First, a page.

Our understanding of how the brain responds to constant stimulation from our devices comes mainly from research on addictions, which uses the same reward pathways. In order to compensate for this never ending stimulus, our brain starts to down-regulate dopamine production and transmission, to try and bring it back to baseline.
A dopamine deficit, which can result from the extremes of all forms of addiction, can lead to feelings of depression and anxiety. Then you need to keep engaging in those behaviours (ie. using social media) to not only feel good, but just to feel normal.
Now the word detox is a misnomer because your body needs dopamine to function, so you can't actually rid it from the body. A better term would be something like "taking a break from activities that lead to constant dopamine elevations" - but that doesn't have the same ring to it so you can see why people refer to it as a dopamine detox or fast instead.
Unfortunately, content creators and influencers have used this trend to make unfounded claims to promise outcomes like increased academic success, making lots of money, and having unmatched happiness. However, in reality, real change takes more work than just a few days away from social media and gaming.
As well, many people are doing the protocol wrong. For example, one reporter states that you should cut yourself off from almost all stimulation for 24 hours. An extensive list of things such as exercise, eating, music, and reading are prohibited in her proposed routine, and the only things that are “allowed” are walking, meditating, writing, and drinking water. Others claim that you need complete sensory deprivation to do the detox. Rather than reducing dopamine or avoiding all stimulation, the focus should be on reducing the impulsive behaviors that are problematic for individuals.
Who needs a dopamine detox?
If you have addictive behaviors, or impulsive behaviours toward a certain activity or device, you could benefit from a dopamine detox.
In reality, most of us spend too much time on our phones and in front of screens so most of us could benefit from a few days away from our devices and other stimuli. It’s only by stopping these activities for a period of time that we can really see how these devices are impacting our mental and physical health.
How to do a dopamine detox
Dopamine detoxes need to be individualized. The most effective detox will involve decreasing the technology or other stimuli you use most often. If there is a habit or device that you feel has a strong a hold over you (for example if you feel like you have to take your phone with you to the bathroom), a logical place to start would be to take a break from that device or activity.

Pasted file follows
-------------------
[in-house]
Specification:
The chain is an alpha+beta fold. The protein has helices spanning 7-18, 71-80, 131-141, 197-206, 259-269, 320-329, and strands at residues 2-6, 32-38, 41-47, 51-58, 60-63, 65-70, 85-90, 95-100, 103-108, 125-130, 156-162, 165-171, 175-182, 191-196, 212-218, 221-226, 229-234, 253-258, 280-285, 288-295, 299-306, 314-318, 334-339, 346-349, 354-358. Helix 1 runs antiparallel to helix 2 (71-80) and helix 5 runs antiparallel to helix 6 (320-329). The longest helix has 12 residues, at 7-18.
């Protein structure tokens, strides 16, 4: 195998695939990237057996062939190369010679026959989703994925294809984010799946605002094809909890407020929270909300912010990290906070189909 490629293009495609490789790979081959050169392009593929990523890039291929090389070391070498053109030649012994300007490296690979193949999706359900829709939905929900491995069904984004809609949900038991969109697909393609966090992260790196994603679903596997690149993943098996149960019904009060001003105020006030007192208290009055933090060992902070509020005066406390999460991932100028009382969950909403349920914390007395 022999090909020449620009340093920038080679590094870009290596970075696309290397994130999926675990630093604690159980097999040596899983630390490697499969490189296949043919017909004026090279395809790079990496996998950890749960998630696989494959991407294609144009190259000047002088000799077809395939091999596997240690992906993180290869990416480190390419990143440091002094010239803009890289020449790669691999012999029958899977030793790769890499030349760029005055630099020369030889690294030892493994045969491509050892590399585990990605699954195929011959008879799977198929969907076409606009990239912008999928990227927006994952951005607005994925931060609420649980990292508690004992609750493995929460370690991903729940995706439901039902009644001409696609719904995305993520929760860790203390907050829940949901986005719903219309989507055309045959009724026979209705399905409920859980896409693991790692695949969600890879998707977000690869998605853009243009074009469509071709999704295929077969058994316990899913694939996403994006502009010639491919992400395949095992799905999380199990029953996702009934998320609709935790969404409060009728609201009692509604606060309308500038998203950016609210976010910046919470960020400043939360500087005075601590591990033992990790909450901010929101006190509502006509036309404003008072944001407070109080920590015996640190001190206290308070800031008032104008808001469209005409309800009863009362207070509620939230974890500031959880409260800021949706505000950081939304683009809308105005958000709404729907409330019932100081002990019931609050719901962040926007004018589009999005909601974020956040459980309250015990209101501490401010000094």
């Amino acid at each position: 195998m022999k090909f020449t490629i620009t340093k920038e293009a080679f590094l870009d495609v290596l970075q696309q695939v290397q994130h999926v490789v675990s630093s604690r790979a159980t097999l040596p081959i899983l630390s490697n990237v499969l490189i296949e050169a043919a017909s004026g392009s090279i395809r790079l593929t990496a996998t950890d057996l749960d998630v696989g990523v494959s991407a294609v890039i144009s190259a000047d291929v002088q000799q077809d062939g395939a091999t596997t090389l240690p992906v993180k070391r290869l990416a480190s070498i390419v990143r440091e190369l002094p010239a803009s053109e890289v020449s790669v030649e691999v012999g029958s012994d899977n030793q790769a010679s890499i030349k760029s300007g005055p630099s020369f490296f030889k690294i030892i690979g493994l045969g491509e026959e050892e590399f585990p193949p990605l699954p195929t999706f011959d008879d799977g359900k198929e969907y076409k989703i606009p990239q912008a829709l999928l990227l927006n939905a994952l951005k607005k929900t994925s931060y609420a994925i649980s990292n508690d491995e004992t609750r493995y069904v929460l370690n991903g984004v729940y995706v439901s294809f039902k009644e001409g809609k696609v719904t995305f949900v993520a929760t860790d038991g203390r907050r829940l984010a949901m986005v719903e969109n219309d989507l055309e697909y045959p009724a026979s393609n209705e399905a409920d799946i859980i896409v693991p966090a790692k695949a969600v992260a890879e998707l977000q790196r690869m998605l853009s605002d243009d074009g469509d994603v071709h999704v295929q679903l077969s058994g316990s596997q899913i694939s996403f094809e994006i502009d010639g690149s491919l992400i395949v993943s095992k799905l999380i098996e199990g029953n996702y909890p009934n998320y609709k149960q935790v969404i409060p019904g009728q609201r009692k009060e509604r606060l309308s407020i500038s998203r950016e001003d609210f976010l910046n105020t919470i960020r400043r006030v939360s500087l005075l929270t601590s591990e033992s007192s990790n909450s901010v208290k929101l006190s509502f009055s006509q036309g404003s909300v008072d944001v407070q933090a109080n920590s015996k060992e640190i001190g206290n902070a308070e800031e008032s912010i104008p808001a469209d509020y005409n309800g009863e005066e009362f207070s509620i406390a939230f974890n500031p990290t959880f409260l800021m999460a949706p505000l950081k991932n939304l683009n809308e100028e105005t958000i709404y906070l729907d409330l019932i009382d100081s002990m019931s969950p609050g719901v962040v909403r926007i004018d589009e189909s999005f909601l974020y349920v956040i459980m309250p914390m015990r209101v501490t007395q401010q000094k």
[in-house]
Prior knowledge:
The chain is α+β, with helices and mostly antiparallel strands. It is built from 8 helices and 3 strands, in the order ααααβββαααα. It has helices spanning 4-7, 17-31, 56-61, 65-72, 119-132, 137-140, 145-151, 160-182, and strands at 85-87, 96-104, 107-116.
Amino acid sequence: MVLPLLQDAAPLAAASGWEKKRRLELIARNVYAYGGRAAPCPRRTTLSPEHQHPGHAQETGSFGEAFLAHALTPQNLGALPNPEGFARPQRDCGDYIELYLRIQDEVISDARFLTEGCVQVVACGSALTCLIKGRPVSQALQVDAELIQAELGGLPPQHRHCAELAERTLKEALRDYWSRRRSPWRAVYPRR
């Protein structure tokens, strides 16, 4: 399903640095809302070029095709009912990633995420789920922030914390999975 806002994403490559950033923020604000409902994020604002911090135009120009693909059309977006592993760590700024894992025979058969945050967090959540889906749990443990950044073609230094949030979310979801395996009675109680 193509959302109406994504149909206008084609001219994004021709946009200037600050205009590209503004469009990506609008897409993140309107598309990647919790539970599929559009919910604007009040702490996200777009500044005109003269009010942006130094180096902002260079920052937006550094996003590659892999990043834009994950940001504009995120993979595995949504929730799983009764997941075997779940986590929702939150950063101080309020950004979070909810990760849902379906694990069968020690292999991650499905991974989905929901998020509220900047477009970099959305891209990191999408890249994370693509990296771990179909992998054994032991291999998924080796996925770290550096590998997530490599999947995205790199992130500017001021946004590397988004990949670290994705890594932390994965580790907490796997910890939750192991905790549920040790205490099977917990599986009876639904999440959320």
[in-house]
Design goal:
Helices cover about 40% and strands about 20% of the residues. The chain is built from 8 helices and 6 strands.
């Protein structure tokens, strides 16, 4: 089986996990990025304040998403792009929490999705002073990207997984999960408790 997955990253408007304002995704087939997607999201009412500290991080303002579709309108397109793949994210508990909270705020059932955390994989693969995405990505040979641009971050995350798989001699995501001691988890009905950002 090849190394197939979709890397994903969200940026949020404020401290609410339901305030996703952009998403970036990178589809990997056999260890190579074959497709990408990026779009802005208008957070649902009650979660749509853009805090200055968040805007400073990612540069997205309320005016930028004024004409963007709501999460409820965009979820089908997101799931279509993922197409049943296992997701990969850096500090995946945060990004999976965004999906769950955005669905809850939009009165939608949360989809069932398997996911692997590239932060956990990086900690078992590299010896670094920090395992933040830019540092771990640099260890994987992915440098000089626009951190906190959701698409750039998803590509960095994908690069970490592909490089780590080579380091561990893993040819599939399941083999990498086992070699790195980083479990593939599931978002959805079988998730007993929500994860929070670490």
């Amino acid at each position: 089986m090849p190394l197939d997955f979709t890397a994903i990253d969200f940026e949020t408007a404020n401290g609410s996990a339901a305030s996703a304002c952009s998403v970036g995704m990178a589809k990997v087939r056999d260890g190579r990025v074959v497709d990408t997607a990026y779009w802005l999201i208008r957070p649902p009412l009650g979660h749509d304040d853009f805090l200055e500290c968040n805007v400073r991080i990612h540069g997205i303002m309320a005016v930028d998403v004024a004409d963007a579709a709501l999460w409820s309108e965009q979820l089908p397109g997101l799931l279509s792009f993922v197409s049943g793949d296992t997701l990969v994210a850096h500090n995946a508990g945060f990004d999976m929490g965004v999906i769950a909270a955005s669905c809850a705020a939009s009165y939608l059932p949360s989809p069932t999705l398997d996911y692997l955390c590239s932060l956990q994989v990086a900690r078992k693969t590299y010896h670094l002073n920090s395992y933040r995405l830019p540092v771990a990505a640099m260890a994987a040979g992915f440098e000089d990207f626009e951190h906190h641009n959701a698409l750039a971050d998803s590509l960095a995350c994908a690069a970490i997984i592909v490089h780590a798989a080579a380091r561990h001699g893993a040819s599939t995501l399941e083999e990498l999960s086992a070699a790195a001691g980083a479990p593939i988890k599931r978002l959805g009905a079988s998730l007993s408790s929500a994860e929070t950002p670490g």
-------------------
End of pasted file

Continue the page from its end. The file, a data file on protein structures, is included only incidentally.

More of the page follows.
How long you need to cut out or reduce a specific device or activity will differ from person to person. It could be as little as hours, or for up to days or even weeks.
How not to do a dopamine detox
It should be emphasized that many social media personalties and influencers, when attempting their own dopamine detoxes, are doing it wrong. It is important to note that a dopamine detox is not:
- Actually reducing dopamine (the focus is on reducing impulsive behaviour).
- A vacation.
- A challenge with specific rules.
- Avoiding all stimulation or pleasure - you instead focus on your own specific problematic behaviours.
- Avoidance of regular activities such as talking, socializing, exercising etc.
- Complete sensory deprivation.
- A checklist.
- A diet.
- A treatment for depression, anxiety or ADHD.
- An easy, quick fix for unwanted behaviours.
What to expect during a dopamine fast
Aside from the scientific studies on drug addiction and other addictions such as gaming addiction, there’s no clear research on what happens when you quit your brain’s favourite rewarding activities cold turkey. A dopamine detox is not a scientifically researched approach and so far the evidence for it is anecdotal, or extrapolated from studies on addictions.
When working with patients who have become addicted to digital media, they usually feel pretty awful for the first 10 to 14 days when they first cut it out. After that, it usually gets easier and patients begin to be able to focus again, to slow down and enjoy activities that may have seemed boring before. Gradually, because it’s not being used, the association between the problematic behaviour and the dopamine reward becomes weaker, making it easier for people to resume using their devices in a less problematic way. Ideally, by the end of the detox period, a person will feel more centered, balanced, and less affected by their dopamine triggers.
A dopamine detox or fast is supposed to be a way to help you reduce unhealthy impulsive behaviours. It involves restricting devices or behaviours to specific periods of time, and practicing fasting from impulsively engaging in them, in order to regain behavioral flexibility. To date, no studies have been done on the dopamine detox, and the evidence for it is extracted from research on addictions.
The protocol is based on cognitive behavioural therapy and was developed by Dr. Cameron Sepah. Unfortunately, social media influencers and personalities have misinterpreted not only what a dopamine detox is, but how it should be done. As such, be cautious when you see the detox discussed online, and don't believe the unfounded claims that this protocol can help make you wealthy, achieve academic success or magically transform your life.
Frequently asked questions:
The time frame is different for everyone. For some people it can take hours, for others it can take days to weeks.
The dopamine detox has not been studied as a treatment for ADHD so at this time it cannot be recommended as a therapy that would be beneficial.
To date, the dopamine fast or detox has not been scientifically studied so it is unknown if it really works or not.
Most people doing a dopamine detox will be able to listen to music. Unless listening to music is the impulsive, problematic you are hoping to change.
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- Cognitive–behavioral therapy for management of mental health and stress-related disorders: Recent advances in techniques and technologies
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- Maladaptive or misunderstood? Dopamine fasting as a potential intervention for behavioral addiction
- The Definitive Guide to Dopamine Fasting 2.0: The Hot Silicon Valley Trend